Whether you’re a first-time homeowner or an experienced homeowner who wishes to upgrade your current insurance policy, you should consider the following options when purchasing homeowners insurance.
Types of coverages
The two most frequently purchased are broad form and risk of direct physical loss coverage.
Broad form coverage provides protection for perils that are specifically listed in the policy. Examples of such perils include fire, wind, theft, vandalism, frozen plumbing, and building collapse.
Risk of direct physical loss coverage is more comprehensive than the broad form coverage. In addition to the perils named above, it also covers accidental losses such as paint spills, ice damage, and counter-top burns. However, there are exclusions to this type of policy. Examples of losses excluded from the risk of direct physical loss coverage include earth movement, termites, rodents, and surface water damage.
Additional replacement cost coverage
Additional replacement cost is an option available on some homes. If you qualify for this coverage level and your home is destroyed, an insurance company will rebuild your home, even if rebuilding it costs more than the amount of insurance you have purchased. Today, the average homeowner has enough insurance to rebuild only about 80 percent of their house, in part, to rising rebuilding costs in recent years.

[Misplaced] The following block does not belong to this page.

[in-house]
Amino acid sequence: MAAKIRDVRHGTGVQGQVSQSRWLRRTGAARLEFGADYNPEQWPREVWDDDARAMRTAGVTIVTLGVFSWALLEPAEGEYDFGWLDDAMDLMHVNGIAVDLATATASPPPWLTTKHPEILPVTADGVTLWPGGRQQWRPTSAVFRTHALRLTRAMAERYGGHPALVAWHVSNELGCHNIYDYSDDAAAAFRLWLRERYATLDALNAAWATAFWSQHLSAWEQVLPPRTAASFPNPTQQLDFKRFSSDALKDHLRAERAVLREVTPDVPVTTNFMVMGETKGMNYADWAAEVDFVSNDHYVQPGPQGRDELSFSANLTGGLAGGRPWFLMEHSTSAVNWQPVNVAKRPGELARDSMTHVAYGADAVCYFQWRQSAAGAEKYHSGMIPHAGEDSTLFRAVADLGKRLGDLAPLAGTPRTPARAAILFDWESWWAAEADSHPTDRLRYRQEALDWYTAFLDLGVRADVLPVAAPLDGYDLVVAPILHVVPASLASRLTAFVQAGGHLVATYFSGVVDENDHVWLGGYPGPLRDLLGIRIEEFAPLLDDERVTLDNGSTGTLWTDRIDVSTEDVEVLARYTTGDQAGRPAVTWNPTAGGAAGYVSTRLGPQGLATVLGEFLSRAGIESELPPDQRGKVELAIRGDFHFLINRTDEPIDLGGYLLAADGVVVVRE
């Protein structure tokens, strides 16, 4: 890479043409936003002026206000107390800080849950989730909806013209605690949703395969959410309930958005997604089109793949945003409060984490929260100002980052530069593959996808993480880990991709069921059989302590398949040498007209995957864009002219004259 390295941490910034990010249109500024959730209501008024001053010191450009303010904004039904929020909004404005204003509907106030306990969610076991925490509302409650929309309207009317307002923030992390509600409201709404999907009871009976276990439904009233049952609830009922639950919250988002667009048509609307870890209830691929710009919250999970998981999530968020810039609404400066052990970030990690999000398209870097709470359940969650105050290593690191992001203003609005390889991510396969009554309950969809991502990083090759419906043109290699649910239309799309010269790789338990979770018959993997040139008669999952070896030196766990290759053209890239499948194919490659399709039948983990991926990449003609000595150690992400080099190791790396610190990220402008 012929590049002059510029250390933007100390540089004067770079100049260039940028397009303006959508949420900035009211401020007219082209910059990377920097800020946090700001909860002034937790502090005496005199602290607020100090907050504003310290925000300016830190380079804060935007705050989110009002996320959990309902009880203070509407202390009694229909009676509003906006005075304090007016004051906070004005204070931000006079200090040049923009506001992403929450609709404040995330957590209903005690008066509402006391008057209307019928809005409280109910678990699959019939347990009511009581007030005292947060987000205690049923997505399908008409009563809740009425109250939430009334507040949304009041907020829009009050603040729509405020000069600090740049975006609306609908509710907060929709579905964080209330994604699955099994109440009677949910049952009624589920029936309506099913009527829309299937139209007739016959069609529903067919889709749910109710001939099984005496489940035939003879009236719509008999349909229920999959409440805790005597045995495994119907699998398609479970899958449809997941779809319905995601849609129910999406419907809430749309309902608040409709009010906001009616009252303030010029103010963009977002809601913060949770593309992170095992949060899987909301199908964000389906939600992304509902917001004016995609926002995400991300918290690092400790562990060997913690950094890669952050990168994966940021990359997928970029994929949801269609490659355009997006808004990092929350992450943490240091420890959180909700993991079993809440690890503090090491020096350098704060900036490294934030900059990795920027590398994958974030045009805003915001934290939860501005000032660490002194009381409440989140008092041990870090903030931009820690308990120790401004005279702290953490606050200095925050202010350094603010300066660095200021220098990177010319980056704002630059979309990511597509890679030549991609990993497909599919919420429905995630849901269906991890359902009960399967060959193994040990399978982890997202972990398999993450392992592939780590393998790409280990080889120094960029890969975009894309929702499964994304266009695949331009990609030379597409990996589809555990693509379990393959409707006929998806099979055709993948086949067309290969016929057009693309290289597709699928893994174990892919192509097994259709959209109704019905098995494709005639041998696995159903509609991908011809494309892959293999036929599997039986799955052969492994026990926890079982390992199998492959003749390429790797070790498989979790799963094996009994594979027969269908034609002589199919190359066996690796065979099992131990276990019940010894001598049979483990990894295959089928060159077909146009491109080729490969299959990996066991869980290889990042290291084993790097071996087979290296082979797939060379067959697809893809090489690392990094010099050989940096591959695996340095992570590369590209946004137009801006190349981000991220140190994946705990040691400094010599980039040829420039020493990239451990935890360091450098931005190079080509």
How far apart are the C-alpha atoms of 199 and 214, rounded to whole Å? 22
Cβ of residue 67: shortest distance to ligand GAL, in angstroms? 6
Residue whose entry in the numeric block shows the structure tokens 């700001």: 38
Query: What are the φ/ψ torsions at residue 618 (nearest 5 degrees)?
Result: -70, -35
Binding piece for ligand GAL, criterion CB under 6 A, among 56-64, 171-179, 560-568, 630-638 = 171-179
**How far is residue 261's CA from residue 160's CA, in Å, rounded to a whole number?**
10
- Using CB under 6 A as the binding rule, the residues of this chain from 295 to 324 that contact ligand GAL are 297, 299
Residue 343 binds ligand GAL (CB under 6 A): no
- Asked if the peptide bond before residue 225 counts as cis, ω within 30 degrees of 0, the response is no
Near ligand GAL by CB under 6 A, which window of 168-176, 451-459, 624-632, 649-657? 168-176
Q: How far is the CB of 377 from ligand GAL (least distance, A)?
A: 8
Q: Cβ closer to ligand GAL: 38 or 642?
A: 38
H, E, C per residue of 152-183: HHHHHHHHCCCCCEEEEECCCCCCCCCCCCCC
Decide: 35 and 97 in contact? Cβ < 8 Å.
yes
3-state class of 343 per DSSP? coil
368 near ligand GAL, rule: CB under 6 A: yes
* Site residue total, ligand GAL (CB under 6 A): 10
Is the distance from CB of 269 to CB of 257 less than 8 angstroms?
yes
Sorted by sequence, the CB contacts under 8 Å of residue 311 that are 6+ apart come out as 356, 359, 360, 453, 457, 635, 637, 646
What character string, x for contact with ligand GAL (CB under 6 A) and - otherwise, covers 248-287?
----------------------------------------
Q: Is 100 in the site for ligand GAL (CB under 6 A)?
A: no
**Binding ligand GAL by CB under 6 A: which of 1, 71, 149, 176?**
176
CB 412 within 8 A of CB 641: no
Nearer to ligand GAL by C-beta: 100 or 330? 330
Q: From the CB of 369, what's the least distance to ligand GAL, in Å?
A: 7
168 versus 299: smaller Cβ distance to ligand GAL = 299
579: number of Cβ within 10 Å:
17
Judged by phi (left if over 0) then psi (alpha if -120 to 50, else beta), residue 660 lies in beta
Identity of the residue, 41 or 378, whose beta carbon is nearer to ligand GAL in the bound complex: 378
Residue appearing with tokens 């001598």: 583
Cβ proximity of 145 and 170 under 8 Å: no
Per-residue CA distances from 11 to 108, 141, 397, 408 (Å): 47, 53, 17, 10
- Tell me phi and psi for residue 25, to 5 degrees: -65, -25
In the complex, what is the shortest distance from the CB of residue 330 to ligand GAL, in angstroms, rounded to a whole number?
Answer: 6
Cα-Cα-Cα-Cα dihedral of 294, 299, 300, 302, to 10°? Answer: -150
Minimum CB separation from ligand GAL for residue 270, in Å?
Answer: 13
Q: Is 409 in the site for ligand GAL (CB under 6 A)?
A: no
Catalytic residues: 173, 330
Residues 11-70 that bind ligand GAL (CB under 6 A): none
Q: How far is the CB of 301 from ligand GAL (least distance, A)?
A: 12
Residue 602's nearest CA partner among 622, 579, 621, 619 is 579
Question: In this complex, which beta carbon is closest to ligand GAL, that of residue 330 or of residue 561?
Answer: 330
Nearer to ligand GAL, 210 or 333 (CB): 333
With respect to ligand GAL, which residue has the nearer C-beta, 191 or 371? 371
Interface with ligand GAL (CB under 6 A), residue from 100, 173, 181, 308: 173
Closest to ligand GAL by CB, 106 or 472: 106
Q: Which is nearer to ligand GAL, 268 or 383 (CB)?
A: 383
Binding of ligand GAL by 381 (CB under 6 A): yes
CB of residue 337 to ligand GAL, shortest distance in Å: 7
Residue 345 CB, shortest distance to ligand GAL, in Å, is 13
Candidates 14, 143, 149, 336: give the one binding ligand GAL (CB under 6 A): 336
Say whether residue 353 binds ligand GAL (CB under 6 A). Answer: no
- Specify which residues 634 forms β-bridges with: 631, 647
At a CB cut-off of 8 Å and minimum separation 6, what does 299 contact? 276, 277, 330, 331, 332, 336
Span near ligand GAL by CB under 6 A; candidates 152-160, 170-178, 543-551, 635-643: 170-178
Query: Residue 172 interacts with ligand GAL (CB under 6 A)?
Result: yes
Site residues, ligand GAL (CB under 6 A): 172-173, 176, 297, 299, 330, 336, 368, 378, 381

We are among only a handful of insurers offering additional replacement cost coverage, with no caps, for qualified homes. That means we will pay the costs (less your policy deductible) to rebuild your house to the way it was should it be destroyed, even if the cost is higher than your policy limit.* With a no-cap replacement cost policy, you can maintain the financial security of your family through even tough times.
You might also consider purchasing replacement cost coverage for your personal property, such as televisions, DVD/Blu-ray players, stereos, and computers. Replacement cost coverage allows for the replacement of personal property without depreciation.
Higher deductibles result in lower premiums. Most insurance companies offer deductibles in $100, $250, $500, and $1,000 amounts.
When deciding upon a deductible, homeowners should consider their ability to pay the out of pocket expense at the time of the loss. The minimum deductible suggested for homeowners is $250. However, homeowners should also consider increasing their deductible to $500 to reduce their premiums.
Liability coverage allows homeowners to protect their assets if they become involved in a lawsuit. A minimum of a $300,000 limit is recommended to protect your assets. However, coverage can go as high as $1 million.
* Some special limits might still apply